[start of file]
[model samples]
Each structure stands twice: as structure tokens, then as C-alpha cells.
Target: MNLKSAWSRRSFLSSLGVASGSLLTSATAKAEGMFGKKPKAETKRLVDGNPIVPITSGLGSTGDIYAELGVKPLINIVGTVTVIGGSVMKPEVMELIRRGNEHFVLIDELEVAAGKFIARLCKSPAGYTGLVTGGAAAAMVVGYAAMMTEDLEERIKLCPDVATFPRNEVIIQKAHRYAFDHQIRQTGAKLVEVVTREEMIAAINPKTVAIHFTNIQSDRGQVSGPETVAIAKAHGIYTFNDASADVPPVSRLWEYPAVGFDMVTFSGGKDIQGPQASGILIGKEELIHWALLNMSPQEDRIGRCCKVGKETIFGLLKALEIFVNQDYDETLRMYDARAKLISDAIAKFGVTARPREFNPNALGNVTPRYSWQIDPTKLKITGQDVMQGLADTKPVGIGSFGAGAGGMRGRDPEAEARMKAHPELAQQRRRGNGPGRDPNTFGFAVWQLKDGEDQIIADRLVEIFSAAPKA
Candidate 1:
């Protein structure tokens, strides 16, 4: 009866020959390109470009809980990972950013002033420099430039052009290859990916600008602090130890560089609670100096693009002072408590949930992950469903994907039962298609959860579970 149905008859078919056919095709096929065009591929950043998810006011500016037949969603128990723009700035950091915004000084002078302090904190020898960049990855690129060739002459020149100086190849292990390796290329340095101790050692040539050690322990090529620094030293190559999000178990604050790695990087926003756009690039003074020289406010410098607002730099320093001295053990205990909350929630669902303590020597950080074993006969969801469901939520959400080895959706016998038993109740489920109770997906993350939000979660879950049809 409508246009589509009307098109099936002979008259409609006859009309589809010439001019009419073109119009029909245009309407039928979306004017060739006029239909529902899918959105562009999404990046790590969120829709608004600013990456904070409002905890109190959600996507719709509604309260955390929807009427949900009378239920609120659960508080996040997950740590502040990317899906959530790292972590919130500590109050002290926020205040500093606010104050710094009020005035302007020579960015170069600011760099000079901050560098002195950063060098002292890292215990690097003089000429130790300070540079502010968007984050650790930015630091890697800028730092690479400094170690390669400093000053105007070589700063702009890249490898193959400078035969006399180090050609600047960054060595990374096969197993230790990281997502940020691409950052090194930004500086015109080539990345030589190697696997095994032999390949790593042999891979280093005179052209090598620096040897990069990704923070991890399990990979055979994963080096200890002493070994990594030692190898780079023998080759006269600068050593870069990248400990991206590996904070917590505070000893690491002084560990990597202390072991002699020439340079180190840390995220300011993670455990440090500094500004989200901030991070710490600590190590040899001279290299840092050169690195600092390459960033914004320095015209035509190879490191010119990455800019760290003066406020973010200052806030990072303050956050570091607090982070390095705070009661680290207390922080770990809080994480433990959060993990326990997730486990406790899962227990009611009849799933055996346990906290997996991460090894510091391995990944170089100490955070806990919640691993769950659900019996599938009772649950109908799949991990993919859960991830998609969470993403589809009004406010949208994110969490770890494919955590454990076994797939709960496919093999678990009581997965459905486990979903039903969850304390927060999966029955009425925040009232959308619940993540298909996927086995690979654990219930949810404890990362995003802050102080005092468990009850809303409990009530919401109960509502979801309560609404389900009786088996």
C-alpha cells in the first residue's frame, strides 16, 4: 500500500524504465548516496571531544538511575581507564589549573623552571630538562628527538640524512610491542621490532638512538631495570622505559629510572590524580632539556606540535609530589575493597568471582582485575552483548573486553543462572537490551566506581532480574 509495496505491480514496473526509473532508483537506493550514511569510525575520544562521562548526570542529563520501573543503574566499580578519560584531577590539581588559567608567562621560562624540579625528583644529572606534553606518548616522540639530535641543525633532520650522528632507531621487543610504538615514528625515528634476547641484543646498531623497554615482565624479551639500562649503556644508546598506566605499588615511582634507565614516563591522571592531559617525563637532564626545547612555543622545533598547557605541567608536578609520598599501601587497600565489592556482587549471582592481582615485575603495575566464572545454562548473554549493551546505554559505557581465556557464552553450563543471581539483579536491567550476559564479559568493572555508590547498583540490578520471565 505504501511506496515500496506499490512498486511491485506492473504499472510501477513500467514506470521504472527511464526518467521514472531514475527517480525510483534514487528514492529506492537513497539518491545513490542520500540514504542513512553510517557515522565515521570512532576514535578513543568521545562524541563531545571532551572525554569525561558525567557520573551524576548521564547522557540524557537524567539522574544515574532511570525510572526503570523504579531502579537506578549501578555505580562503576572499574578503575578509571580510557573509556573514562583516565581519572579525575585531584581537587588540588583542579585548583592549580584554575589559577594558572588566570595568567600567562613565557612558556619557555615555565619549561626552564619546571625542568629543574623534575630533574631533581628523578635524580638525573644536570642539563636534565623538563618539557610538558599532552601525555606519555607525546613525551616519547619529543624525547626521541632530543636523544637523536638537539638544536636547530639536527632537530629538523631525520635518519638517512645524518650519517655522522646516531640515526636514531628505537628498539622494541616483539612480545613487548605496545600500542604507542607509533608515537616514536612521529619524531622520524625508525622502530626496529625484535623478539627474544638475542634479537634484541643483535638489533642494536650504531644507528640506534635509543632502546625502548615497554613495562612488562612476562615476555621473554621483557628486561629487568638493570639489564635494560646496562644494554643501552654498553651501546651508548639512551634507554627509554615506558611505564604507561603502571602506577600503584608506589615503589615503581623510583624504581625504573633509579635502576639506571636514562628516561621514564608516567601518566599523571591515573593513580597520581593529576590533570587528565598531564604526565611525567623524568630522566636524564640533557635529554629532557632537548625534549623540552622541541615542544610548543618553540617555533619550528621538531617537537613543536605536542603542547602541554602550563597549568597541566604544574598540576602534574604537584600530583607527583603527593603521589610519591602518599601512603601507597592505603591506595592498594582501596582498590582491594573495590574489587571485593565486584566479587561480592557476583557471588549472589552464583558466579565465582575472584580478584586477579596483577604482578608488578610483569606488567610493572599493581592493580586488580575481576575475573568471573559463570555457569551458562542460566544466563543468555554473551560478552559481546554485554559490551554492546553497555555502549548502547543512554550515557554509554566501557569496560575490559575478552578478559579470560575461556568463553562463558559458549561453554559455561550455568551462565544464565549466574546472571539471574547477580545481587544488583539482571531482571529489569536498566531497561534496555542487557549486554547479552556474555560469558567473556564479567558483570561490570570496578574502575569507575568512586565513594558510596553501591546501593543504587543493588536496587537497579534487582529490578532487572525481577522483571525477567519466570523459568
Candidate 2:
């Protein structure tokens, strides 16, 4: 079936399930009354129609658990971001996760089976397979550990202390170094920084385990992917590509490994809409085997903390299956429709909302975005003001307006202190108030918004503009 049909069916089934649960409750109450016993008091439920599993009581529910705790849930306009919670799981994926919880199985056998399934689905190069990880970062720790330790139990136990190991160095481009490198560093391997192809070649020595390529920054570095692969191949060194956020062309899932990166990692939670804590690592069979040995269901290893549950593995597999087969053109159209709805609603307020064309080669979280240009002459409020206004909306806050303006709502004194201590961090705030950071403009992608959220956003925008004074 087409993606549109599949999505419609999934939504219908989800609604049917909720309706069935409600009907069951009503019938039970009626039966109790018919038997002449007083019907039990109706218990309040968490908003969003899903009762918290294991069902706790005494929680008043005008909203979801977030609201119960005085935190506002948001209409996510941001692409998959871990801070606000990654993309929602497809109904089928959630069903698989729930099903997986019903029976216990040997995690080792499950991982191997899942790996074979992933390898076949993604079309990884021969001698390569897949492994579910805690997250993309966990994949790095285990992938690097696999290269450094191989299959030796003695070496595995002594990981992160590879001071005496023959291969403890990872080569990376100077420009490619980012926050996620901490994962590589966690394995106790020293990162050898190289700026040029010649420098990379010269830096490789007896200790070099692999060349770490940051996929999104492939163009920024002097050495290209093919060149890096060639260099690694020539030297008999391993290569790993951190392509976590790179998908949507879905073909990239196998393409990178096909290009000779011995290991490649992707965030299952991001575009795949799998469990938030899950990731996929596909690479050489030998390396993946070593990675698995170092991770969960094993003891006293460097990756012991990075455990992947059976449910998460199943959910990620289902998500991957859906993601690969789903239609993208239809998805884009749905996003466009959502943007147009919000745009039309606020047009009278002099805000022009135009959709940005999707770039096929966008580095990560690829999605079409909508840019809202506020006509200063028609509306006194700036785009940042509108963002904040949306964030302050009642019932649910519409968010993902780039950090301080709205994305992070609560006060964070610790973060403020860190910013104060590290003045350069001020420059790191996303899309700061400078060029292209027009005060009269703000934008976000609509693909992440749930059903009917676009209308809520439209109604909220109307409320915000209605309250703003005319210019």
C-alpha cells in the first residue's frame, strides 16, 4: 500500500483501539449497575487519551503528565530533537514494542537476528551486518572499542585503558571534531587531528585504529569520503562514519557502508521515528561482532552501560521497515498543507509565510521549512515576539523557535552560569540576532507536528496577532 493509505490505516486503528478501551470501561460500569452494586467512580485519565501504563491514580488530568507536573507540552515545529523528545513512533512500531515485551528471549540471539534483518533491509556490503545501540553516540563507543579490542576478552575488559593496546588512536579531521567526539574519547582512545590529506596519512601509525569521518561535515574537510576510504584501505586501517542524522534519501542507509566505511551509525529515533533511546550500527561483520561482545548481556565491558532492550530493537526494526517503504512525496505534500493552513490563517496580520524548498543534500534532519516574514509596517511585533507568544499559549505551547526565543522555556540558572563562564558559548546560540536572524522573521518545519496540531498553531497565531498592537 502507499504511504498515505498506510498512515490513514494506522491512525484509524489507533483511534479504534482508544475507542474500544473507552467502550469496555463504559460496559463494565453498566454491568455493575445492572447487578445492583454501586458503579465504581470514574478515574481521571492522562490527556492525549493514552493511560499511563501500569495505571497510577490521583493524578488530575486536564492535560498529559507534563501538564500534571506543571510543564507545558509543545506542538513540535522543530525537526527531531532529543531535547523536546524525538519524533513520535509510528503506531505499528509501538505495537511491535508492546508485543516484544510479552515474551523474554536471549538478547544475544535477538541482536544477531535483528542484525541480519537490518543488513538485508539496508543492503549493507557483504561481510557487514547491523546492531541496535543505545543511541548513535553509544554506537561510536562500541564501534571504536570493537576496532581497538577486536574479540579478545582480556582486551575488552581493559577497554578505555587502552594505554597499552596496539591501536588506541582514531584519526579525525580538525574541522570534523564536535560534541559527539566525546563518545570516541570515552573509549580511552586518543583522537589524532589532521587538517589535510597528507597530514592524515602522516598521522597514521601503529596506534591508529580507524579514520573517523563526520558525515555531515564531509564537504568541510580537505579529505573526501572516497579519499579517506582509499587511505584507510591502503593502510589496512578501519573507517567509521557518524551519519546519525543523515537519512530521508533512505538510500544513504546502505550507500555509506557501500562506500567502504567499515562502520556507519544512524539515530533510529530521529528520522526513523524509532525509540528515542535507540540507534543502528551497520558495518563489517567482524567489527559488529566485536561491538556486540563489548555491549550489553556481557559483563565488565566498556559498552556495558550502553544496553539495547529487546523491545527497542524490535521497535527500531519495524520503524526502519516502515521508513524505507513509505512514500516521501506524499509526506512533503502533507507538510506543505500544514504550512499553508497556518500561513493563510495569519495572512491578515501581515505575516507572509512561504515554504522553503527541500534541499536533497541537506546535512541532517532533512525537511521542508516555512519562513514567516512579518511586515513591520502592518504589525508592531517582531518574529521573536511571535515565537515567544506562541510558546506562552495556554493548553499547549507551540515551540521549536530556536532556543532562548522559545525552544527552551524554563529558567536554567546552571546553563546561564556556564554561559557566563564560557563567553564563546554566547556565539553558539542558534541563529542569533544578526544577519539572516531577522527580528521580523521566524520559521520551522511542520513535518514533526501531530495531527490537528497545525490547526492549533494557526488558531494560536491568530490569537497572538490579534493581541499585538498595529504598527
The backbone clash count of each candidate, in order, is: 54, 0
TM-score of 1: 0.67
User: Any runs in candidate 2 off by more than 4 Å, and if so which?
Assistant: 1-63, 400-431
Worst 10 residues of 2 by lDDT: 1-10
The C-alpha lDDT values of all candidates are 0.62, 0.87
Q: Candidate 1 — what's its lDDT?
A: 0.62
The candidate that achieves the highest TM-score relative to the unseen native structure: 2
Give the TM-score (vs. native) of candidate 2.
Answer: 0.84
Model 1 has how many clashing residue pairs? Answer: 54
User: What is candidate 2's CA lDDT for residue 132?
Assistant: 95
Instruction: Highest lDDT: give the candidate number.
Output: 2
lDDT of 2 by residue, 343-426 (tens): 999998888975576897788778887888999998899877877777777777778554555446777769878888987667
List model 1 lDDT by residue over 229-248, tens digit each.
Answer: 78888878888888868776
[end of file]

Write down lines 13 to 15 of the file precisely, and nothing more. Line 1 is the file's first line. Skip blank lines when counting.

Assistant: 1-63, 400-431
Worst 10 residues of 2 by lDDT: 1-10
The C-alpha lDDT values of all candidates are 0.62, 0.87